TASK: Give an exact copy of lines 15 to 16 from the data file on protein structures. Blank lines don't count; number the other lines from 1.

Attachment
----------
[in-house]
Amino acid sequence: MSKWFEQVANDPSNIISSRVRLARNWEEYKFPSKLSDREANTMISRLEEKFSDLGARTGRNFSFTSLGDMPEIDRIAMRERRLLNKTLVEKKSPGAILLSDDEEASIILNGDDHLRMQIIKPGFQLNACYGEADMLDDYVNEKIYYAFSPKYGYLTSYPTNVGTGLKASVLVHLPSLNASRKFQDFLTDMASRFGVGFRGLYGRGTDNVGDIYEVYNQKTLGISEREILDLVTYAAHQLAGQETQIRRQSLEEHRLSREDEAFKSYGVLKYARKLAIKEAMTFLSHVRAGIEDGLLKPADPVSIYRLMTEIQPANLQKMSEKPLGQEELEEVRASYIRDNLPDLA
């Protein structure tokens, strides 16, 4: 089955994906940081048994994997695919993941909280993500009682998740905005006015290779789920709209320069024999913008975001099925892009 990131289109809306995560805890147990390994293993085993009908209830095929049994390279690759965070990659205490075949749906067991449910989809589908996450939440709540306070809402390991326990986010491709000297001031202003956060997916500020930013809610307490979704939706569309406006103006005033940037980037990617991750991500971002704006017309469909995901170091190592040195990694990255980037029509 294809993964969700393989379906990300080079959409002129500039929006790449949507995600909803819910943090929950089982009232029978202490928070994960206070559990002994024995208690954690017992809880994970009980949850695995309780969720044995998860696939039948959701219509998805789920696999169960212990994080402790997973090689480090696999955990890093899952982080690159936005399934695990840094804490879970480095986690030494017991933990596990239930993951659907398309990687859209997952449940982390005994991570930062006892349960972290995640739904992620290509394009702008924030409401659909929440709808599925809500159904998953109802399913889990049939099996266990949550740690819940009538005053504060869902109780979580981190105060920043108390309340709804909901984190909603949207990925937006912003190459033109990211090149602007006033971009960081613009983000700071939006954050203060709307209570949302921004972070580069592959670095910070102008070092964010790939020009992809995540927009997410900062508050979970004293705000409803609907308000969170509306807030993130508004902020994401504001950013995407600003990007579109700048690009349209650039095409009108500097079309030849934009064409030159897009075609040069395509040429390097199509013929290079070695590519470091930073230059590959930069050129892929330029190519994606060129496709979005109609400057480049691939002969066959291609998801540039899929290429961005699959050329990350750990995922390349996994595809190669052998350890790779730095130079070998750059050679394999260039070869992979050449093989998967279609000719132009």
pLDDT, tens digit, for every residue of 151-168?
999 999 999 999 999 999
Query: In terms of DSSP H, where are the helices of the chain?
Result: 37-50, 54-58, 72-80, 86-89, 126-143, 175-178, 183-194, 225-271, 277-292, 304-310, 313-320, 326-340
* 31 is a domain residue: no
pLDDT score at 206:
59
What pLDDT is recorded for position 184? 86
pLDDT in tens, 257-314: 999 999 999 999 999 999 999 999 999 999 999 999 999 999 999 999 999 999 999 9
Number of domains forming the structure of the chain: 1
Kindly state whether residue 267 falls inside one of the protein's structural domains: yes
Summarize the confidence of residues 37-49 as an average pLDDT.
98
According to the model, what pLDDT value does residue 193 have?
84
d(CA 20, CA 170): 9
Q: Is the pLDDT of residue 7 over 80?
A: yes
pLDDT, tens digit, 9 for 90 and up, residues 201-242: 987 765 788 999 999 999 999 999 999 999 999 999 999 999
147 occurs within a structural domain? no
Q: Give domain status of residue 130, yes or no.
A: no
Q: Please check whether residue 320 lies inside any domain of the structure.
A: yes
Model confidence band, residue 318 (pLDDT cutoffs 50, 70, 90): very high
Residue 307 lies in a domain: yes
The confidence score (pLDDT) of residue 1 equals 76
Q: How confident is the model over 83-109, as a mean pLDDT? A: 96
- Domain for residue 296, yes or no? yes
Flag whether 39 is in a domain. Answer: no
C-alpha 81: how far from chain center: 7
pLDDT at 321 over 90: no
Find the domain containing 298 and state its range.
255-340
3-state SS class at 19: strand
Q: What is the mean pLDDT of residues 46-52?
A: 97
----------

Summarize the confidence of residues 37-49 as an average pLDDT.
98